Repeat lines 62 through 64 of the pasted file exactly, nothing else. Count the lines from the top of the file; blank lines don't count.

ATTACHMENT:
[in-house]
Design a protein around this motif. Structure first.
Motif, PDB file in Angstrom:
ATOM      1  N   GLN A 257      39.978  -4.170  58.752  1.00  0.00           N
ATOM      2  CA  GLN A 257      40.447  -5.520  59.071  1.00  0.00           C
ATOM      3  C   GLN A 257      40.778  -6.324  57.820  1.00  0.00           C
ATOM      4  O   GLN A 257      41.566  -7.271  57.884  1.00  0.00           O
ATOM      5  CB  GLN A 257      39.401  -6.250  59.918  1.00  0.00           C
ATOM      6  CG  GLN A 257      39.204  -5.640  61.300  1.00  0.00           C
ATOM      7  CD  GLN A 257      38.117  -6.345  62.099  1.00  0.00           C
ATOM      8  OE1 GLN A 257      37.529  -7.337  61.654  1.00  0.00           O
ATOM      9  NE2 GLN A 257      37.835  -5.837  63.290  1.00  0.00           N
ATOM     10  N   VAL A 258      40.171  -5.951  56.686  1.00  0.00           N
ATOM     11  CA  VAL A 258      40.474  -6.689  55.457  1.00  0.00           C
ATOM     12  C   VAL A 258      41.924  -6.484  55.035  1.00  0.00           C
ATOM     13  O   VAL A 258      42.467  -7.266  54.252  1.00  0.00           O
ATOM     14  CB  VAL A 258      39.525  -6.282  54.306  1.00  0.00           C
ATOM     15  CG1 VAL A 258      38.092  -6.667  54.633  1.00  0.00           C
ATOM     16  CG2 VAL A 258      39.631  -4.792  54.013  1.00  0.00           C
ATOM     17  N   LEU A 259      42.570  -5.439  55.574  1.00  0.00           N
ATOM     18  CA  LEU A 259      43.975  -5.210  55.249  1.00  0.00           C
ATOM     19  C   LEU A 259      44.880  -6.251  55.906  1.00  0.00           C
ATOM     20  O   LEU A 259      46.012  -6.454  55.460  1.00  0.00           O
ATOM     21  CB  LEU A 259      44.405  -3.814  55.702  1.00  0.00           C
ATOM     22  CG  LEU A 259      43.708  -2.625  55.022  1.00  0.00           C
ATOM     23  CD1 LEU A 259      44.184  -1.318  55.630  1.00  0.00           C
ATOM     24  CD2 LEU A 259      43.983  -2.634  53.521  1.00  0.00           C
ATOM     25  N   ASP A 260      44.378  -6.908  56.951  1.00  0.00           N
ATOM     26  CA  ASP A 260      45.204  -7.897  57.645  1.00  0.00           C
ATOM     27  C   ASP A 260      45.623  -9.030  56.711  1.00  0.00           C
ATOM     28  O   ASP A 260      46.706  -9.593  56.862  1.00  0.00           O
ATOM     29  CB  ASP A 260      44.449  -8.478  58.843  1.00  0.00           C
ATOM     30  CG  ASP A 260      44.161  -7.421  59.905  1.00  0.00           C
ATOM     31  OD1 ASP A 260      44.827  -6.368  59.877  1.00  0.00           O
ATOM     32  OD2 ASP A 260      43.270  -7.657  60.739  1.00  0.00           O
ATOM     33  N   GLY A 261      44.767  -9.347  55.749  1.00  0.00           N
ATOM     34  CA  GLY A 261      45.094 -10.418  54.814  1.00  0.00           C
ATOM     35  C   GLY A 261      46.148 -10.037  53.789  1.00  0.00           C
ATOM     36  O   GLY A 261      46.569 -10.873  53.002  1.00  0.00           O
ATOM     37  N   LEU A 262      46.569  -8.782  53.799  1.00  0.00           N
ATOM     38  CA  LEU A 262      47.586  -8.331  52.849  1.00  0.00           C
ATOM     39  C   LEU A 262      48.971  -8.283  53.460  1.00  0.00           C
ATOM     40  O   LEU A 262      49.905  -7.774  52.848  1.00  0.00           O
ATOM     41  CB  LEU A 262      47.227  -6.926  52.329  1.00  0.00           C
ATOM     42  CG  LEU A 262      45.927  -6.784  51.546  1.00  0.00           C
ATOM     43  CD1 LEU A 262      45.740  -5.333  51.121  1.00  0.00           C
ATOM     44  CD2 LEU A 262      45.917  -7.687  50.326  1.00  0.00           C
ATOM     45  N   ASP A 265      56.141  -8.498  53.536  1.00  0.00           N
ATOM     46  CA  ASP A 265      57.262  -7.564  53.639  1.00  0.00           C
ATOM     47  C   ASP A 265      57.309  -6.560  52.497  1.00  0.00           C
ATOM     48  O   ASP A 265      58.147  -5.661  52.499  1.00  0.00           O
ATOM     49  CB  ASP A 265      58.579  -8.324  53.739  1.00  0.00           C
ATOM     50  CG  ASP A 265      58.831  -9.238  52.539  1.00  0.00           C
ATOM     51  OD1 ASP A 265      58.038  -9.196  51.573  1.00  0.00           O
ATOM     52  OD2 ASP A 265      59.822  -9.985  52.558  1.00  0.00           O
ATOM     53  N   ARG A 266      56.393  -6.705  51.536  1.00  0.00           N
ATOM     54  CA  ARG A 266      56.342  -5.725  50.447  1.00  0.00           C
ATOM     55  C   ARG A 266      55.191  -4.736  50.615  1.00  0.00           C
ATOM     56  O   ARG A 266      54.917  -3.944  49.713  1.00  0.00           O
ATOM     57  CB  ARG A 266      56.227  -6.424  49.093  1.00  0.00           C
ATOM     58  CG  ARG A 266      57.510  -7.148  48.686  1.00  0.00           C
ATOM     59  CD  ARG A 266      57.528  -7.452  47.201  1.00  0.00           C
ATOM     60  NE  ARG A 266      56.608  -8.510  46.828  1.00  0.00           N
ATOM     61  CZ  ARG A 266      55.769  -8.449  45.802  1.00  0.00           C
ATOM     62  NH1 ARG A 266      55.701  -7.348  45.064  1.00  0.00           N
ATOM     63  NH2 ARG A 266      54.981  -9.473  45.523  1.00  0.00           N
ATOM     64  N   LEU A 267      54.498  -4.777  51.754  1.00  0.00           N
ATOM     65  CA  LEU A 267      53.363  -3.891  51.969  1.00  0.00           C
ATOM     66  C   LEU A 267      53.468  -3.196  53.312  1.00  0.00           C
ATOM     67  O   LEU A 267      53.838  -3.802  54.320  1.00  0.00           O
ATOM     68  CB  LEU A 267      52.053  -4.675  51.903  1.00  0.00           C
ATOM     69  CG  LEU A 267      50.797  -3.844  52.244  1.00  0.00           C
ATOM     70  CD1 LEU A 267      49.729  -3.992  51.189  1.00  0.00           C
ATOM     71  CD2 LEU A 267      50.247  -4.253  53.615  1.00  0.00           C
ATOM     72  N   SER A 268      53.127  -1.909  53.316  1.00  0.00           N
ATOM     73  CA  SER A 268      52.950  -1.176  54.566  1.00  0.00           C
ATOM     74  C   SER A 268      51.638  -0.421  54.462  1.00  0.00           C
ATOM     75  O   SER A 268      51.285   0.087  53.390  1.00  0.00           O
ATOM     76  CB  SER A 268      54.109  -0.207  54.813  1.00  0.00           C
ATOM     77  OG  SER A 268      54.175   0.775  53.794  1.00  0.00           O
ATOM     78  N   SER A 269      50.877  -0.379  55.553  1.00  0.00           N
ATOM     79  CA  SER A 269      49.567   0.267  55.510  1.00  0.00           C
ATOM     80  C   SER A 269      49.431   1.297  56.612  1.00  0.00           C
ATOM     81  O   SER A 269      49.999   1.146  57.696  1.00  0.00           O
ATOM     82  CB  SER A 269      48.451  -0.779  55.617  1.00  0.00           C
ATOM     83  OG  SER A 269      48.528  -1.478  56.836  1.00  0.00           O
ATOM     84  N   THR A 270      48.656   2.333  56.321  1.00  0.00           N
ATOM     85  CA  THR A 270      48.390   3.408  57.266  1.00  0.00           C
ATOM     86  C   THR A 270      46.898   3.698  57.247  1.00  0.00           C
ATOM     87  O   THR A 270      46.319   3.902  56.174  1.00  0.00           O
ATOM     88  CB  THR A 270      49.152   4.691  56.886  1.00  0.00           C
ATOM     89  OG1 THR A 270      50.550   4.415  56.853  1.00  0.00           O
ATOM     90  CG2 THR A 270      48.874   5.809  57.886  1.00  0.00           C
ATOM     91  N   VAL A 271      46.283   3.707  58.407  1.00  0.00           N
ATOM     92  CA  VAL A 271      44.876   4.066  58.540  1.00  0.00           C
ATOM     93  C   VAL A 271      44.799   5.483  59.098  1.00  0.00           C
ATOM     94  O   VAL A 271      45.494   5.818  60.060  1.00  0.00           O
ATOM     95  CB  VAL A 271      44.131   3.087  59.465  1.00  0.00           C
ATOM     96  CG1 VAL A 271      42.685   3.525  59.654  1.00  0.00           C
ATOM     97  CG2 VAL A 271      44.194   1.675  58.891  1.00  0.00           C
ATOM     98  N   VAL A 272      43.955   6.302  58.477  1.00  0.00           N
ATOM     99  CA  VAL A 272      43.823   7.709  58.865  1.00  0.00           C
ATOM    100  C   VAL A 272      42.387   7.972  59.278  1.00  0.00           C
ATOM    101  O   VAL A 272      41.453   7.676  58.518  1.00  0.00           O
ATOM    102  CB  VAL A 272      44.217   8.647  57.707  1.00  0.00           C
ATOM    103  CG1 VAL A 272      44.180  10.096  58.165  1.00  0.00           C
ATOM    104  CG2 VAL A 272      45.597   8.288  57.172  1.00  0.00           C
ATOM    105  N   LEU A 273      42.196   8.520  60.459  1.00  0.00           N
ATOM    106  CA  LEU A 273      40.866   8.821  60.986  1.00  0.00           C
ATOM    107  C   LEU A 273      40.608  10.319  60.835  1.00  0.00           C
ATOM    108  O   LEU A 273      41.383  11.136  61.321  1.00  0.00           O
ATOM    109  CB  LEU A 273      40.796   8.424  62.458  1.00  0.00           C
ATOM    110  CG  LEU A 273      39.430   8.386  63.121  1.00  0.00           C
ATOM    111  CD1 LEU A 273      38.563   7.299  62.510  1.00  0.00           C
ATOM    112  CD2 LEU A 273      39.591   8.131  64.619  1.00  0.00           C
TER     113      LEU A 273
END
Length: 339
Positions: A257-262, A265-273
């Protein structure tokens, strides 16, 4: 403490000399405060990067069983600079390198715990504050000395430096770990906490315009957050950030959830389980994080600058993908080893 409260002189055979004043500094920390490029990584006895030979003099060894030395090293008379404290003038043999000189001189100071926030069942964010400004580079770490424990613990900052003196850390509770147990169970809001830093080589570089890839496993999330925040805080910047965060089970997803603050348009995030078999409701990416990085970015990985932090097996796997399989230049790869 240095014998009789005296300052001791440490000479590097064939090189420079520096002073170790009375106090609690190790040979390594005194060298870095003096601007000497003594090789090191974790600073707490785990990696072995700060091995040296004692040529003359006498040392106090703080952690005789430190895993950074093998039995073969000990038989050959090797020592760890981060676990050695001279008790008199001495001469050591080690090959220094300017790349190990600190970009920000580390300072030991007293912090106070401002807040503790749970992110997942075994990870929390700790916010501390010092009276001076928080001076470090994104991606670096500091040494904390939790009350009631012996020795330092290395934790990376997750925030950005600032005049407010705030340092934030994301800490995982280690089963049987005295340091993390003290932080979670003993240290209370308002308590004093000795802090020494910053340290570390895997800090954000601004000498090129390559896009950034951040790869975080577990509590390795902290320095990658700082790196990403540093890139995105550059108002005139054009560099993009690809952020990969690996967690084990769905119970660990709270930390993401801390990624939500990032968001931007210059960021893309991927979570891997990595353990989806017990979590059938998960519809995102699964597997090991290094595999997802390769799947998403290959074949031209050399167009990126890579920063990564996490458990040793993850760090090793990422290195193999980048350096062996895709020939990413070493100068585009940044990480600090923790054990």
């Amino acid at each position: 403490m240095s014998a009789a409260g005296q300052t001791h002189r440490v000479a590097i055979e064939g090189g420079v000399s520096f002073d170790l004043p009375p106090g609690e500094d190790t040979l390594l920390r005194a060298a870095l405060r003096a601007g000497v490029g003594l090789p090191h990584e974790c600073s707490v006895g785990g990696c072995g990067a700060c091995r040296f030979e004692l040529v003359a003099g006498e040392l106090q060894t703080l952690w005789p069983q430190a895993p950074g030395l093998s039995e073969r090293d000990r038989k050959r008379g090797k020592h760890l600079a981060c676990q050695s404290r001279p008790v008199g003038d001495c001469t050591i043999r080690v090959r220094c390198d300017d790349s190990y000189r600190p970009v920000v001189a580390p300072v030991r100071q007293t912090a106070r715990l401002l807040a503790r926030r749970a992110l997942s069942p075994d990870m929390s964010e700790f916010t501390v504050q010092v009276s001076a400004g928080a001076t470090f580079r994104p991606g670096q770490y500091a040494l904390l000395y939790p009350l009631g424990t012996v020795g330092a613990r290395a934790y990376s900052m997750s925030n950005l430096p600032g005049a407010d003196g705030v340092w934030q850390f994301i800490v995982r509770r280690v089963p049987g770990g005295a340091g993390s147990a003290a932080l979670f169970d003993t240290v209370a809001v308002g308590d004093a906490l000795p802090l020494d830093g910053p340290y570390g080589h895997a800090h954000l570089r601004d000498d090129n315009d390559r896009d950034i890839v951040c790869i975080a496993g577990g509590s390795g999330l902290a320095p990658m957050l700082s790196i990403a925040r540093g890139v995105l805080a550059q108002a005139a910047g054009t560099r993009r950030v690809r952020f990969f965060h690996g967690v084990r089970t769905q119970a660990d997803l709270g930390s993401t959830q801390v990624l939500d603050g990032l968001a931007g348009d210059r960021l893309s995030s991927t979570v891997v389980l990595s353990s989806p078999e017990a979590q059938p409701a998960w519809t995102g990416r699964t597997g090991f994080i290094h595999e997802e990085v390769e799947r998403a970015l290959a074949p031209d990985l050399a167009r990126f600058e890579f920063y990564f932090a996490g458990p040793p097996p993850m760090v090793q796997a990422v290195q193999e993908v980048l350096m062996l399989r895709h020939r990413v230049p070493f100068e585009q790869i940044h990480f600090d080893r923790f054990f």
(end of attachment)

ATOM     59  CD  ARG A 266      57.528  -7.452  47.201  1.00  0.00           C
ATOM     60  NE  ARG A 266      56.608  -8.510  46.828  1.00  0.00           N
ATOM     61  CZ  ARG A 266      55.769  -8.449  45.802  1.00  0.00           C